There is, in fact, a much-publicized story of a box that has strange happenings associated with its possession. Los Angeles Times writer Leslie Gornstein’s documented the tale in an article titled “Jinx in a Box.” Published in July 2004, Gornstein’s article chronicled bizarre events associated with a small antique wooden cabinet that had been placed up for sale on eBay. Tagged a “haunted Jewish wine cabinet box” by the seller, this mysterious item reportedly caused whoever owned it to have horrifying dreams and see shadowy apparitions.
A young girl buys an antique box at a yard sale, unaware that inside the collectible lives a malicious ancient spirit. The girl’s father teams with his ex-wife to find a way to end the curse upon their child.
The box, according to Gornstein’s report of the eBay description, contained “two locks of hair, one granite slab, one dried rosebud, one goblet, two wheat pennies, one candlestick and, allegedly, one ‘dibbuk,’ a kind of spirit popular in Yiddish folklore.”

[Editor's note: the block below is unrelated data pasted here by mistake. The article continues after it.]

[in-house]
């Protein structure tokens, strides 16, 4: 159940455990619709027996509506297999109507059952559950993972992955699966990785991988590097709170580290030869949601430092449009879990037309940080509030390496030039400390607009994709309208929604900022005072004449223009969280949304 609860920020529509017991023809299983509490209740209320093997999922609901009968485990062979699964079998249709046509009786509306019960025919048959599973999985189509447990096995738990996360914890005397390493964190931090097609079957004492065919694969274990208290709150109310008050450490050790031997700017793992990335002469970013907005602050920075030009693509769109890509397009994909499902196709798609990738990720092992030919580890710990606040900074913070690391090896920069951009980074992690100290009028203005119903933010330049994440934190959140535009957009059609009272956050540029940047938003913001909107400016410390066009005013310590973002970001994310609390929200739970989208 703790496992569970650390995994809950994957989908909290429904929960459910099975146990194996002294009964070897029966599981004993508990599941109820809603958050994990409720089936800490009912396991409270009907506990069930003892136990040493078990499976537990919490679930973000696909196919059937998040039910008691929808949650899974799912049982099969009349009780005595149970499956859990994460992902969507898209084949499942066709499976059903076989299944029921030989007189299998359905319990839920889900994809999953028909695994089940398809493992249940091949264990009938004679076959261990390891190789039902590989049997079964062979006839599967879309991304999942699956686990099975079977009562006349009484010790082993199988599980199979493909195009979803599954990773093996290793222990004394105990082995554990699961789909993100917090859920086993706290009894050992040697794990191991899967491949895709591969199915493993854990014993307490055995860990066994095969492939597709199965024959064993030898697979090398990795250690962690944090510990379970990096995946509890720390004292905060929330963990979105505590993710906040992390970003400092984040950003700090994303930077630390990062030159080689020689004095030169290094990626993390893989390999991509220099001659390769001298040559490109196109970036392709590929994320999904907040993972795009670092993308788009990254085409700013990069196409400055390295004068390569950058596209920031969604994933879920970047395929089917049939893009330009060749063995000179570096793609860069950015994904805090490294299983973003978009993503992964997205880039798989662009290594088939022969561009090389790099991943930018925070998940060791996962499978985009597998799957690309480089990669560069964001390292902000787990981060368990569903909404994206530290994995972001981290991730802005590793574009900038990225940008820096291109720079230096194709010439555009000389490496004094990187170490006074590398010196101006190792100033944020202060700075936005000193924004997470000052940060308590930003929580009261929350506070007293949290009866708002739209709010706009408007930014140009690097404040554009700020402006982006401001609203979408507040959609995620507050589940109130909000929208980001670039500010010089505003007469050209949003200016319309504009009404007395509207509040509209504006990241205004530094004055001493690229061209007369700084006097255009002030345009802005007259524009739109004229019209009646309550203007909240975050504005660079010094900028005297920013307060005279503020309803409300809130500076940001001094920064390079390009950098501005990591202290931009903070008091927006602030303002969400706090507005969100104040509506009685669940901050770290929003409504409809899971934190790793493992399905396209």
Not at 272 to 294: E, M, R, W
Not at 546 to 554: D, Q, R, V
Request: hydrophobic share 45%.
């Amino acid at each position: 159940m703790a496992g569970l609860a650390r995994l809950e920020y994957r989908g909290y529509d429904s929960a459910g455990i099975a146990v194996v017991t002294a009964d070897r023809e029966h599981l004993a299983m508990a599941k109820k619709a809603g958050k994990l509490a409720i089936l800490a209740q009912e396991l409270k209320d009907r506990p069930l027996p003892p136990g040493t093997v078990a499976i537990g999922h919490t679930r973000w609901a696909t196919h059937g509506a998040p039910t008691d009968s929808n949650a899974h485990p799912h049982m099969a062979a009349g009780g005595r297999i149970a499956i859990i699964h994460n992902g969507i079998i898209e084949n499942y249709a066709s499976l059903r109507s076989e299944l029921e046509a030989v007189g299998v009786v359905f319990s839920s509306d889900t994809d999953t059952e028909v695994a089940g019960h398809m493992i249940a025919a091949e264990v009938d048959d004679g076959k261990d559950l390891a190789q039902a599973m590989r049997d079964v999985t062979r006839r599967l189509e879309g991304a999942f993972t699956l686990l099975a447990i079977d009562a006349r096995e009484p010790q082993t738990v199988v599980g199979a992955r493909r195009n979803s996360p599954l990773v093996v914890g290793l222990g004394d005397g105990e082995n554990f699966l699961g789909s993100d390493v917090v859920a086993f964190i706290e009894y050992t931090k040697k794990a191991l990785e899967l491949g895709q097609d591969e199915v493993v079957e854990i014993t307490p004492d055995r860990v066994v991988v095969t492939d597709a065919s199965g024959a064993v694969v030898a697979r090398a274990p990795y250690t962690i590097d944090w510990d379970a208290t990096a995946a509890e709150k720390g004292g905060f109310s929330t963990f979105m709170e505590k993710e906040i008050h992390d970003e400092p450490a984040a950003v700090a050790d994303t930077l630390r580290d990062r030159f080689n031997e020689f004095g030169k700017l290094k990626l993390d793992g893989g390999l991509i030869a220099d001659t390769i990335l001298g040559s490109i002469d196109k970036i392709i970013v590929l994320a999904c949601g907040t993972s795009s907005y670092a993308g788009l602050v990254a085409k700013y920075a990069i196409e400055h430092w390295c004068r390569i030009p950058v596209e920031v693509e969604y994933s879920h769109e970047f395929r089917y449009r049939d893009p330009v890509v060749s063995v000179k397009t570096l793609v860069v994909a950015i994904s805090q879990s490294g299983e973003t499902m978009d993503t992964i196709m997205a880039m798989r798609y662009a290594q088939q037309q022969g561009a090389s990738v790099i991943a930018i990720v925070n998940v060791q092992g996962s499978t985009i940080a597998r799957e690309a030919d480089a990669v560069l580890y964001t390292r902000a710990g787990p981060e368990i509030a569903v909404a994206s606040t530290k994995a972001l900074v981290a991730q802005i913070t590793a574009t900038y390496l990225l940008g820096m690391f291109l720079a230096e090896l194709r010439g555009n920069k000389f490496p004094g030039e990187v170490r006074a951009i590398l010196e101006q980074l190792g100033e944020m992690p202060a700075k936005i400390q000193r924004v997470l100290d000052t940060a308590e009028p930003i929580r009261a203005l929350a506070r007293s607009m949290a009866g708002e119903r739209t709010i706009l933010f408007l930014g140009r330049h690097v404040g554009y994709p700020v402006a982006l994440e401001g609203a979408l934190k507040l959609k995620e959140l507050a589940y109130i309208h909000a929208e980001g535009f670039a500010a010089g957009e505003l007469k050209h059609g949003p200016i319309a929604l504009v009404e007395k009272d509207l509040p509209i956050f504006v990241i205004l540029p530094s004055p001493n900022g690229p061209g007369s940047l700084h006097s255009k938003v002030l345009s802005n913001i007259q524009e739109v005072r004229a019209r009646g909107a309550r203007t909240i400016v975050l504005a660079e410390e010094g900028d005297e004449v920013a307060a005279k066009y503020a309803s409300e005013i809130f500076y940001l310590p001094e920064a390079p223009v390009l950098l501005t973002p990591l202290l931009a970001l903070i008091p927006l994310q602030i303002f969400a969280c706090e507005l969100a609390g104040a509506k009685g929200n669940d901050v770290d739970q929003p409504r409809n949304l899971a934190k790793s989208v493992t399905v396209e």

The box was sold at an estate sale in Oregon, eventually making its way to Missouri college student Iosif Nietzke who put it on eBay and sold it to Jason Haxton, a medical museum curator who collects religious paraphernalia. Haxton in turn began researching the source of the box and created a website (www.dibbukbox.com) where people could discuss and debate the mysterious ‘haunted’ antique. He traced its roots back to the Holocaust and in November 2011 published a book, The Dibbuk Box, with his findings.
Lionsgate’s 2012 film The Possession is inspired by the true story but takes many cinematic storytelling liberties with the actual events surrounding the small antique cabinet.
The following comment was left on e-cloudy ;
Hello – As caretaker of the REAL Dibbuk Box – it is true. Read Chapter 10 “The Kirksville Connection” of my book The Dibbuk Book. Jason a.k.a. agetron My website; www.dibbukbox.com – Jason Haxton
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